Two worlds in Limitless

When I read articles related to movies, it happens quite often, that I’ll read something like this:

“We used camera to tell a story…  Sound played a really important role, it helped to tell the story…”

And I always get frustrated, because usually (99% of time) it is not clear what they meant by that. The sentences above leave me asking: It’s nice, but what exactly did you do?

Well, the interview by Debra Kaufman with cinematographer Jo Willems at is one of those rare exceptions, where you’ll learn not only what they did to help telling the story, but most importantly – why.

Eddie Morra (Bradley Cooper) is a wrecked writer whose life is falling apart. Well, one day he is visited by old friend Vernon (Johnny Whitworth) and he offers him a pill: “You know how they say we can only access 20% of our brain? This lets you access all of it.”  So what this pill does is that it fully unlocks the potential of human brain, in other words, you get access to super human abilities.

Limitless (2011)
Limitless (2011)

When I saw the movie for the first time, I noticed the change in color grading, when he takes the pill – everything is graded towards warm sunny tones (especially yellow and orange),

Limitless (2011)
Limitless (2011)

while when he is not on the pill, there is a lot of cool tones (especially blue), the colors are desaturated, everything seems darker and more contrasty.

Watch the trailer and try to focus only on the tones. I’m sure, that just by looking at the tones/colors you’ll be able to tell, whether he is on the drug or not. But there is more to that, so let’s take a look what else did they do, to differentiate the two worlds:

World 1 – Down and broke (off pill) World 2 – Powerful and charismatic (on pill)
Camera moves hand held dollies, cranes, steadicam
Film stock Fuji Kodak
Lighting uncontrolled (hard and fractured) controlled (softer and diffused)
Lenses longer focal length (tele) shorter focal length (wide)

Ok, the table above sums up, what they (Neil Burger, Jo Willems and others) did, to differentiate the two worlds when he is on/off the pill. But far more interesting is to read why! 🙂


Behind the Lens: DP Jo Willems & Limitless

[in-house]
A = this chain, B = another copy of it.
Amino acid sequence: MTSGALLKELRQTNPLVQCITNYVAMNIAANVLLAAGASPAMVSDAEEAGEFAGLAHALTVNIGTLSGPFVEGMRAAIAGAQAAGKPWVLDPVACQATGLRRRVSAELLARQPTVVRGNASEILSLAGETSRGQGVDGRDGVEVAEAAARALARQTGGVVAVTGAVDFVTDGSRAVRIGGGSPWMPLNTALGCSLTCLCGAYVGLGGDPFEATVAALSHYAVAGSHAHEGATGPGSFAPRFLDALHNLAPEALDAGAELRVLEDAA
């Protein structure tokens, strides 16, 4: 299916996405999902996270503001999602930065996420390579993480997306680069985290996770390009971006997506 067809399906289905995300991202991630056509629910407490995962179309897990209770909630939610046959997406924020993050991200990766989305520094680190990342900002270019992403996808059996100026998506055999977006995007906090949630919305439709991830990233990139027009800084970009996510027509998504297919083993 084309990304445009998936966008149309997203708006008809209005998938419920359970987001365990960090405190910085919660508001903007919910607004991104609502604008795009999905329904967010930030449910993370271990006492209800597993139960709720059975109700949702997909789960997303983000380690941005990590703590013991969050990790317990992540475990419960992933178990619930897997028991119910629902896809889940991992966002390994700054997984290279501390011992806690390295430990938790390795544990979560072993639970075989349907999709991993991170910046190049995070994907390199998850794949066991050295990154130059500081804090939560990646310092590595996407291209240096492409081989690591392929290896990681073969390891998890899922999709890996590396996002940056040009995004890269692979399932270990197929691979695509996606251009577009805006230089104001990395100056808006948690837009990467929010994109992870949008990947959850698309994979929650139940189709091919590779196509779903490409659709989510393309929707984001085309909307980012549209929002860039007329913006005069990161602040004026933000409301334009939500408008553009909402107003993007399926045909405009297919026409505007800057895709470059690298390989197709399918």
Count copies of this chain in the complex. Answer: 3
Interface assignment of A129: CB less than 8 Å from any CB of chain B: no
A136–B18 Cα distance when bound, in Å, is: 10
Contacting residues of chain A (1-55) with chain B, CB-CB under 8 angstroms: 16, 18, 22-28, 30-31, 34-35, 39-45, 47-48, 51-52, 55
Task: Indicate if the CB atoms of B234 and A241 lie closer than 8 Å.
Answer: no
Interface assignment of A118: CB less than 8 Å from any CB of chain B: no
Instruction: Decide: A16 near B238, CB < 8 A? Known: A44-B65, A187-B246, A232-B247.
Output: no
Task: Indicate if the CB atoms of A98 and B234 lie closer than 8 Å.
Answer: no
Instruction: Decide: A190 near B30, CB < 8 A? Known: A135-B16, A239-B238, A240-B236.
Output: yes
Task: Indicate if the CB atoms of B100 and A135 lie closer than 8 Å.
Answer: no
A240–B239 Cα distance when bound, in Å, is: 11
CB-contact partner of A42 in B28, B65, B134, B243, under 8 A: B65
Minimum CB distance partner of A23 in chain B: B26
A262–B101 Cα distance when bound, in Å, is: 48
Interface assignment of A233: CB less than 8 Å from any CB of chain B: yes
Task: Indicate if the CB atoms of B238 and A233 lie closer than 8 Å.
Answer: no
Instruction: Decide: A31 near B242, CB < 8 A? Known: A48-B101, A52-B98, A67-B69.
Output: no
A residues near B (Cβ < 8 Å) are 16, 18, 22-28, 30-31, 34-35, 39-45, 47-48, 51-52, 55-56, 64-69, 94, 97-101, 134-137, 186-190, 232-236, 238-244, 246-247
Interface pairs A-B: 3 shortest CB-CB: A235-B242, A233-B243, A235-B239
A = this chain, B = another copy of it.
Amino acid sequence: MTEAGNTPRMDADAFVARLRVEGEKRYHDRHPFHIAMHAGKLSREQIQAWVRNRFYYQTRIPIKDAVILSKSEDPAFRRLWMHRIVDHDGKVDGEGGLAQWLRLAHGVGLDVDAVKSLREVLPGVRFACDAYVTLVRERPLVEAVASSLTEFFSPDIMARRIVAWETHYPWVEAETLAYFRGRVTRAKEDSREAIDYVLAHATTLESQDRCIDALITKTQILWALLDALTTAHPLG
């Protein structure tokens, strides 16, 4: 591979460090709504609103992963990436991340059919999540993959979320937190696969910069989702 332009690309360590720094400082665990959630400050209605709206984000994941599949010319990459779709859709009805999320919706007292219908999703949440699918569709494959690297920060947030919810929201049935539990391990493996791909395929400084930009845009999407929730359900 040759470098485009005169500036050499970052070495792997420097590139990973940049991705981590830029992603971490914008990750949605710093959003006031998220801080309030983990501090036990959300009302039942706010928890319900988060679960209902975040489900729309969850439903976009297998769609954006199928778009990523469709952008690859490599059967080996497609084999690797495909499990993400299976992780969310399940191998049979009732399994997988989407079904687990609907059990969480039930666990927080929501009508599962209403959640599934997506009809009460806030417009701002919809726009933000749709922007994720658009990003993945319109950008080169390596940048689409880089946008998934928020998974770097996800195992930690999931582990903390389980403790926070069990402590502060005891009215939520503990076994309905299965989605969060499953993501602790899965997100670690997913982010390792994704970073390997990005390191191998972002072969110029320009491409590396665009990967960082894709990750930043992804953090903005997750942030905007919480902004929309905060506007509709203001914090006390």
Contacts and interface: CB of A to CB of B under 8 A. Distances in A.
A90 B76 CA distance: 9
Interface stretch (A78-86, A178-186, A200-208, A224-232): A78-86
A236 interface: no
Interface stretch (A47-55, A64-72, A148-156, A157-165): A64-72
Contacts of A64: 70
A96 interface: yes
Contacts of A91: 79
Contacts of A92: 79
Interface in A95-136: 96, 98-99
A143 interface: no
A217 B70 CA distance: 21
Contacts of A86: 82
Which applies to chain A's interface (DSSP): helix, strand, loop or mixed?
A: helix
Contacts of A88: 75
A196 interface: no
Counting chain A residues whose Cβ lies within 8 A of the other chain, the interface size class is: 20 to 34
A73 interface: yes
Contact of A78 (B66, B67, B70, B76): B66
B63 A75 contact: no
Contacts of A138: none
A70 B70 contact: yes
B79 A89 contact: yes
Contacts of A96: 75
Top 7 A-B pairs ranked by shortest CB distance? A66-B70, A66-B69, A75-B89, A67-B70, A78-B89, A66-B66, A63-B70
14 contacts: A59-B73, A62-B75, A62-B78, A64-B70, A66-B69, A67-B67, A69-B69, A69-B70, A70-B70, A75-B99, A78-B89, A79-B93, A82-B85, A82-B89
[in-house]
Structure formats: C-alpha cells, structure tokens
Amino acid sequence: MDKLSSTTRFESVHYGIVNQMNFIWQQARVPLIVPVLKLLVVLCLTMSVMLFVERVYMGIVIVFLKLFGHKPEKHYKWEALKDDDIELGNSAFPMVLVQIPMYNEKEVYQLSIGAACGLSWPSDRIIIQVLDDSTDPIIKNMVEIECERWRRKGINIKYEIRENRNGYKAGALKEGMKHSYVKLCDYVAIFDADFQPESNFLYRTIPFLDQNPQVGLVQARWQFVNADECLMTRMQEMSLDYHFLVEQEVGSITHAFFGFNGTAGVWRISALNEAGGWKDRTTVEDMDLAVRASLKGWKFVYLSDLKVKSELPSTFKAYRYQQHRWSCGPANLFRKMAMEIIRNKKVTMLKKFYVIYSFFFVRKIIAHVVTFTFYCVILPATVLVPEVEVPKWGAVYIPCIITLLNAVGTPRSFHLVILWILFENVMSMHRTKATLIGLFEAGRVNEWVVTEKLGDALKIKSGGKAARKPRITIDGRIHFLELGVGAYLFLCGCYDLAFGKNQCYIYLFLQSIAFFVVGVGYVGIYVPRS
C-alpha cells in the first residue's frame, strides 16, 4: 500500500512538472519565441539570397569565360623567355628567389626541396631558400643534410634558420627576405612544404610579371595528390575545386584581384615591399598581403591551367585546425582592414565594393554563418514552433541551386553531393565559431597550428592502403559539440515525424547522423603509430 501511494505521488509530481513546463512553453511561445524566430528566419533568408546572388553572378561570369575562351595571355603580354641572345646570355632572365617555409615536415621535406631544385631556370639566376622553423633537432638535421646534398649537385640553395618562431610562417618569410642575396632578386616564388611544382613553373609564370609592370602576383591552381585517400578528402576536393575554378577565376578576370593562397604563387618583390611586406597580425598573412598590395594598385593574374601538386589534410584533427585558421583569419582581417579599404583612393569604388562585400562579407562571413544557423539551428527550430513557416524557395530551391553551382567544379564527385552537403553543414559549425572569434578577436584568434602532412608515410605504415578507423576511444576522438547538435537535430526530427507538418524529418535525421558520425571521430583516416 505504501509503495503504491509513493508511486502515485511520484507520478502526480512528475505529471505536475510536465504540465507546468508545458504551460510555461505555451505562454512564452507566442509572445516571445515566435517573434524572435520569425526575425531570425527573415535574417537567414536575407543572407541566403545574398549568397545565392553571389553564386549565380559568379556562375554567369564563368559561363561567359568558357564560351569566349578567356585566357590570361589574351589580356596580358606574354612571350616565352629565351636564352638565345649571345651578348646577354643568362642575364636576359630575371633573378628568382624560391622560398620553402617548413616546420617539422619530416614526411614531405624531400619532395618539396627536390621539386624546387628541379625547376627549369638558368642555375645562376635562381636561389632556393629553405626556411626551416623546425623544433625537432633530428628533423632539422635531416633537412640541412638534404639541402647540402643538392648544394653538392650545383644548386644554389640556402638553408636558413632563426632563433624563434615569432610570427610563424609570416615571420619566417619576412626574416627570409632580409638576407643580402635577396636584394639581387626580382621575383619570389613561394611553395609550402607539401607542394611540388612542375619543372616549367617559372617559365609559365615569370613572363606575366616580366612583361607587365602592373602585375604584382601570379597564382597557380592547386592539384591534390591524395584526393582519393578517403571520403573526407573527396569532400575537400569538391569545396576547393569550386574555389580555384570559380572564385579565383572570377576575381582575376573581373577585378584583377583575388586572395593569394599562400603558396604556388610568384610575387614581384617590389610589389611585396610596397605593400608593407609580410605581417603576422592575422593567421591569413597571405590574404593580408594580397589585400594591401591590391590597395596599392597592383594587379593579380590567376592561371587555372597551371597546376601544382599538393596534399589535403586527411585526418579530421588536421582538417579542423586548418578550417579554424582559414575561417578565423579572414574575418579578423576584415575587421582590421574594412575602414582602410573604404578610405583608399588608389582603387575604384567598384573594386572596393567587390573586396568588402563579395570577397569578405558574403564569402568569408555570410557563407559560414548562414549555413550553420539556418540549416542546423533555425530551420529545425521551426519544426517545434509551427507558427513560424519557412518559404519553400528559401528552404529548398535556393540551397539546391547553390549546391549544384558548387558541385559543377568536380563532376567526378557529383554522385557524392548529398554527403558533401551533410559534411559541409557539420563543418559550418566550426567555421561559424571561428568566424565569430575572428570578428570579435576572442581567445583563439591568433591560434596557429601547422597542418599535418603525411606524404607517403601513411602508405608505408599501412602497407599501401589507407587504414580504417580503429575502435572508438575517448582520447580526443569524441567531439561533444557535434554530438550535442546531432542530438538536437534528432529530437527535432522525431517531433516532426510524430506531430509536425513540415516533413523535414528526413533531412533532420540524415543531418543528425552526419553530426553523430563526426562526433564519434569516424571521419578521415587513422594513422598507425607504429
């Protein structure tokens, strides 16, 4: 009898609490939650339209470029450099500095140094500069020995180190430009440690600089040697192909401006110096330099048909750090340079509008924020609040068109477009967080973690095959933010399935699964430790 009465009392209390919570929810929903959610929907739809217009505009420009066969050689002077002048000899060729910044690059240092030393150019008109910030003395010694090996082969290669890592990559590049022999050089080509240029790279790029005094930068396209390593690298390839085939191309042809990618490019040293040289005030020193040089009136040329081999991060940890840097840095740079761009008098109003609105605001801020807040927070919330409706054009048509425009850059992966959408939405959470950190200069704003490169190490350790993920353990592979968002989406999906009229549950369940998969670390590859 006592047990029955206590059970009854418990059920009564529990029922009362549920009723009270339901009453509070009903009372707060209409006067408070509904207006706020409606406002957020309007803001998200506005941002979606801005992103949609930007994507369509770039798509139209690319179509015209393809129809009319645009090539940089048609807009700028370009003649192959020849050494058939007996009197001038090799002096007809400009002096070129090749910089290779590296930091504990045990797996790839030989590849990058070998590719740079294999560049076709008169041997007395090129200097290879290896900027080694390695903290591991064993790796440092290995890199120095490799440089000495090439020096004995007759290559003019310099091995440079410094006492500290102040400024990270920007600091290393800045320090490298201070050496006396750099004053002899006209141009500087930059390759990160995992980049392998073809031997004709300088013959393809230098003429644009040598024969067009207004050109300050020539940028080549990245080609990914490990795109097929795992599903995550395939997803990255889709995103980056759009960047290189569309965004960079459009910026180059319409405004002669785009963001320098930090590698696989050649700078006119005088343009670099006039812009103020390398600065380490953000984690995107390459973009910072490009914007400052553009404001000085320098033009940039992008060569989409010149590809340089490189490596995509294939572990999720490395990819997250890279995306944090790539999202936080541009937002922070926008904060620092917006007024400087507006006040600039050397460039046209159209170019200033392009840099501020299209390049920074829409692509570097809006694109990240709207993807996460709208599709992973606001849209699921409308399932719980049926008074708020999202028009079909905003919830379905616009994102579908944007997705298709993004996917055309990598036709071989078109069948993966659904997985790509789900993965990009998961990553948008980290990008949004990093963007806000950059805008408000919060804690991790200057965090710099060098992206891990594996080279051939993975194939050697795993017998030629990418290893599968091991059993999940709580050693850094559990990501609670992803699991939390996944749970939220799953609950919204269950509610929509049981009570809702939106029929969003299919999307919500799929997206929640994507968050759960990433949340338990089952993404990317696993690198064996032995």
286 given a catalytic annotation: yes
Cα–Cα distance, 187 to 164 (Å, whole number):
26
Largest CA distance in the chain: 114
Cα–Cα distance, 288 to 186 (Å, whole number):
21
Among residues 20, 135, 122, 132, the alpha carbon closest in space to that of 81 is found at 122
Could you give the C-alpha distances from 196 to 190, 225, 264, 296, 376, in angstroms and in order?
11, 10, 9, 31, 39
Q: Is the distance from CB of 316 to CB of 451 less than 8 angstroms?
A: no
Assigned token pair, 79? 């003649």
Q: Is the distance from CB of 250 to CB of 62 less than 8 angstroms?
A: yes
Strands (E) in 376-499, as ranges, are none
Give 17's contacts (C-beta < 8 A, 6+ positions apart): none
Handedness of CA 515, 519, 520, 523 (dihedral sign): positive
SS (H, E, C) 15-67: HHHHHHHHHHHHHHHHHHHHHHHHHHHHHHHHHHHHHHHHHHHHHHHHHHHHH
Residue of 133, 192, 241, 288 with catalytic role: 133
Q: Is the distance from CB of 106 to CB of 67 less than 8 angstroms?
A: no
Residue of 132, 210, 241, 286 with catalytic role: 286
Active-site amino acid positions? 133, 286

Watch the trailer and notice the dolly-zoom move at 0:45. You can read more about this technique by clicking here.

Telephoto lens in The Graduate

Lens choice is one of the many creative areas, that the cinematographer is responsible for. Different lenses are used for different purposes. In this example, we’ll explore how Robert Surtees used telephoto lens to heighten the suspense and drama in the final sequence of The Graduate.

Now, because we’ll be talking a lot about lenses, I recommend you to watch a short video by Vincent Laforet and Blake Whitman from the Vimeo Video School. It’s short, informative and funny!

So, what is really important to remember, is that telephoto lenses compress the background and foreground, while wide angle lenses tend to magnify the distance between background and foreground.

Behind the Glass Part 2: Focal Length
Behind the Glass Part 2: Focal Length
Behind the Glass Part 2: Focal Length
Behind the Glass Part 2: Focal Length

Hopefully at this point it, it is clear what is the difference between wide angle lens and telephoto lens, so if you happen to be a cinematographer on a movie, here is how you can use those differences to your advantage and tell a better story.

In the final sequence, Benjamin runs to the church. It’s a race against the clock. He is trying to make it there, before Elaine (his girlfriend) marries Carl (husband chosen by Elaine’s parents).

The scene could have been captured from side using wide angle lens, but much better choice was to use telephoto lens and film the scene, so that Benjamin is running towards the camera.

The Graduate (1967)
The Graduate (1967)

We already know, that telephoto lenses compress the space (background and foreground). The side effect is that when you have a moving object or character in the scene, it appears as if they stay at almost the same place, even if they are moving really fast.

Benjamin is (literally) running out of the time and thanks to the characteristics of telephoto lenses, it looks like he is moving slow, which increases the drama and suspense of the scene. (Will he make it in time?)

Watch the final sequence in the video below: